15 July 2008

Autodesk Escalates War on "Open DWG" File Technology

progeCAD and similar products continue to win user confidence as low cost substitutes for overpriced CAD. And American corporation "Autodesk" is getting mad. Passive resistance to DWG clone technologies has developed into all out war, both in the court room and in the board room.

The Open Design Alliance (ODA) is a nonprofit consortium of CAD companies cooperating in a rare way to clone one of the few major reasons people still pay Autodesk prices - the binary DWG AutoCAD file format. The ODA posts regular updates of their robust DWG and DGN libraries on a website for member use in their own software - software like progeCAD.

When Autodesk itself was invited to join the ODA, the company declined. Gradually Autodesk began a long series of legal attacks on the ODA. On November 13 2006 they officially filed suit for their "Trusted DWG technology" which superficially warns users about opening DWG files that didn't come from their own AUD$6000 CAD system. They are also litigating for ownership of the letters DWG as a trademark belonging to Autodesk. The problem is that the USA trademark office doesn't recognise file extensions as "trademarkable". DWG is really just another file extension like ".doc" or ".txt".

Meanwhile, Autodesk finally realeased their own "RealDWG" toolkit to compete with the ODA, the caveat being that any applicant must meet with Autodesk's approval as a developer that will not compete with any of the Autodesk high-priced product line. It was quite an effective move to begin cherry-picking "realDWG" converts from important ODA contributors, undermining it. ODA gets its funding from its members.

Autodesk has quickly made their next move in this apperantly two-prong gambit to weaken the ODA. Following at the heals of the completed million-dollar Autodesk assimilation of Moldflow, Autodesk has announced a new "cooperation" with their next unlikely target, Bentley Systems(Microstation). At one time, Bentley was a serious AEC market competitor. Then, in February 2008, a key Bentley developer changed sides to Autodesk. Strangley, Bentley Systems has now been approved for use of the Autodesk "RealDWG" toolkit. A press release was posted celebrating this "Advance in AEC Software Interoperability". Now think, would you let your worst enemy watch your house while you were away? The truth is that Autodesk is as unconcerned in promoting real file interoperability as they have ever been. The endgame in this gambit really stood later in Bentley's own reaction, stating that their ODA was "now irrelevant". There is further speculation that Bentley Systems is next in line for Autodesk assimilation.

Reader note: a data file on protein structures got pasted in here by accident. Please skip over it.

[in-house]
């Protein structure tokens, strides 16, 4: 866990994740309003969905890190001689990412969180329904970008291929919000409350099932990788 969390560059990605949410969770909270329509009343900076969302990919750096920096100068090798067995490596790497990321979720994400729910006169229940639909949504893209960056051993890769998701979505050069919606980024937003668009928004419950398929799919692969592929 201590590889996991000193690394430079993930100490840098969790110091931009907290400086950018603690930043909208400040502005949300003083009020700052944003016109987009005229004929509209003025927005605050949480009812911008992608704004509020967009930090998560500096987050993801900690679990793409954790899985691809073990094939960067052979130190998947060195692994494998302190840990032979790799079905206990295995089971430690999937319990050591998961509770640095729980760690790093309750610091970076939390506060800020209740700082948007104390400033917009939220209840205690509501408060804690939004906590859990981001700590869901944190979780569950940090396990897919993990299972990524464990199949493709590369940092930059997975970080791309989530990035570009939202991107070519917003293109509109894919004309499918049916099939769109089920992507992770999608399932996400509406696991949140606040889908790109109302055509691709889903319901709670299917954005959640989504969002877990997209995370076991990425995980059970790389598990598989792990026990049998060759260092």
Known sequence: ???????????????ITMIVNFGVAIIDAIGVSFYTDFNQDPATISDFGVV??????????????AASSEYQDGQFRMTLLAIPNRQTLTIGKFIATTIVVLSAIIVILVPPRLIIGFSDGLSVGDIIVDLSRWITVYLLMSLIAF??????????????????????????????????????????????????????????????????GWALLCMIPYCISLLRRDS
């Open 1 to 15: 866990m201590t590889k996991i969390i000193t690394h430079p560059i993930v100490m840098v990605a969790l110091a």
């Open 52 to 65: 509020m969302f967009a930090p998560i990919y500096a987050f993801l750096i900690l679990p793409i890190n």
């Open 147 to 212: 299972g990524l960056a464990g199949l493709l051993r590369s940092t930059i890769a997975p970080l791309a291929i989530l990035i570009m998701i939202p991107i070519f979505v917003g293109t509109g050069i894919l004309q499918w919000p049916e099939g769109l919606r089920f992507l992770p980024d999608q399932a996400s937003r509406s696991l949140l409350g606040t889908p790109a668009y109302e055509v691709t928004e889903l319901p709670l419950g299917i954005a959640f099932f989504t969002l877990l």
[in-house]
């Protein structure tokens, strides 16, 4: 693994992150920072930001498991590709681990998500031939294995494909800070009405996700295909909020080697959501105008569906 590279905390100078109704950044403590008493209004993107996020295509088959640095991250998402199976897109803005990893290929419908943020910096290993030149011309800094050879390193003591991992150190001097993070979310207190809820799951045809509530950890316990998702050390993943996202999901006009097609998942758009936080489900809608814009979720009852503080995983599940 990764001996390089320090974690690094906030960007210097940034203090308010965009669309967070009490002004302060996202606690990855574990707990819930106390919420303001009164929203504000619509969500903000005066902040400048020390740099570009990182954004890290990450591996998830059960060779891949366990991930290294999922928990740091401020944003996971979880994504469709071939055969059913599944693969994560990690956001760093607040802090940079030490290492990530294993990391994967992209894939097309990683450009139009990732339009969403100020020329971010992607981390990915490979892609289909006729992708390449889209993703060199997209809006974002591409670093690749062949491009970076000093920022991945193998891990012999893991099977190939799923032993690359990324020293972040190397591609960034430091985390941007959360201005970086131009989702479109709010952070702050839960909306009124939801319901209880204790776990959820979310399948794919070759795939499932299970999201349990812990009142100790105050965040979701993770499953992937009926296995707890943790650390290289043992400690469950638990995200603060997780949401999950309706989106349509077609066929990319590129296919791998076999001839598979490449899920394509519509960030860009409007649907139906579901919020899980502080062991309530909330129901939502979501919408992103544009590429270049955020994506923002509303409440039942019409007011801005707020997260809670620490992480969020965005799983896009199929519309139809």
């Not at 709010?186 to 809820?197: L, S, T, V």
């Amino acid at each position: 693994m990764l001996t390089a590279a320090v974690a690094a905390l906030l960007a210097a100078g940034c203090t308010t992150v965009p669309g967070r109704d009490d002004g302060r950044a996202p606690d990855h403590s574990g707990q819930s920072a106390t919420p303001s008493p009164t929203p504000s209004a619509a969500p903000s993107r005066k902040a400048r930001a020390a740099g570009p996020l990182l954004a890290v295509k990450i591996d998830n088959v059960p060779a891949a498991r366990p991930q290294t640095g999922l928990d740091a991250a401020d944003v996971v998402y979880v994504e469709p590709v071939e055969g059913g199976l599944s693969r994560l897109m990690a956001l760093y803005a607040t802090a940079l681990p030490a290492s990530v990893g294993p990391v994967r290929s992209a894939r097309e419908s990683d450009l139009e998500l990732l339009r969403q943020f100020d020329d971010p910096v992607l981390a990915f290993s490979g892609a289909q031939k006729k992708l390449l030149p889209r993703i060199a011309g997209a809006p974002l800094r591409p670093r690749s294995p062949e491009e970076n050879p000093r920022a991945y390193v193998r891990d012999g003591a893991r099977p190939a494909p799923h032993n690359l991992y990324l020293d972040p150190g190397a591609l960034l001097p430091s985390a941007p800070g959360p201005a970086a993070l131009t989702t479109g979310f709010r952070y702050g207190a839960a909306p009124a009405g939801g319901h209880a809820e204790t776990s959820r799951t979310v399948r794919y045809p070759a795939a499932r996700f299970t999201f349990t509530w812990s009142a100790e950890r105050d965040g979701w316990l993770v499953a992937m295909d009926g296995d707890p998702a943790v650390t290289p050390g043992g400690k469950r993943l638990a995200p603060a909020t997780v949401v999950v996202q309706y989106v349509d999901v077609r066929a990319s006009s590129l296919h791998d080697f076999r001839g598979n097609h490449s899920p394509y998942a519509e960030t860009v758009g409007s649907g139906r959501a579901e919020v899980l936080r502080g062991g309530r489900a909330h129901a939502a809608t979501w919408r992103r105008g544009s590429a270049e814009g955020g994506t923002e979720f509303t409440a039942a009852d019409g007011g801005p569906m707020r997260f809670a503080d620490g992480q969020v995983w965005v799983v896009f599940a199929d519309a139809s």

progeCAD is a product that reads, writes, edits and converts Autodesk DWG format files in a CAD interface very similar to AutoCAD 2002. Some consider it a clone. Recently this product has become very stable and robust so that even large companies are saving thousands by replacing expensive AutoCAD installations with progeCAD.

It is obvious that Autodesk is now at a de facto state of all out war against such products. Should they win, businesses will have no choice but to pay big AutoCAD prices. My gut tells me that Autodesk is scheming something parallel to their 2010 release to finish the ODA for good. Is the world's best hope is that the EU will take the same anti-trust motions against Autodesk as they have against Microsoft? Maybe the ODA needs to move to Europe?

3 comments:

Abid Shahzad said...

great work b ODA.

Paulo said...

I just noticed that the most recent versions of Autodesk AutoCAD are refusing to open .dwg not generated by them. Earlier versions were just warning that the file was "not genuine" .dwg. This is bad because most companies uses AutoCAD and a small Engineering company that used ProgeCAD will not be able to work for those companies. Please tell me that there is a hope against this. May be something like a converter that makeup the .dwg file and make it acceptable by AutoCAD.

Siem said...

In Holland the central government is prescribing Open Standards to be used when exchanging documents. This will most likely lead to the ban on the exchange of DWG files in the propietary AutoCAD 2010 DWG format. I expect more governments to follow this example!

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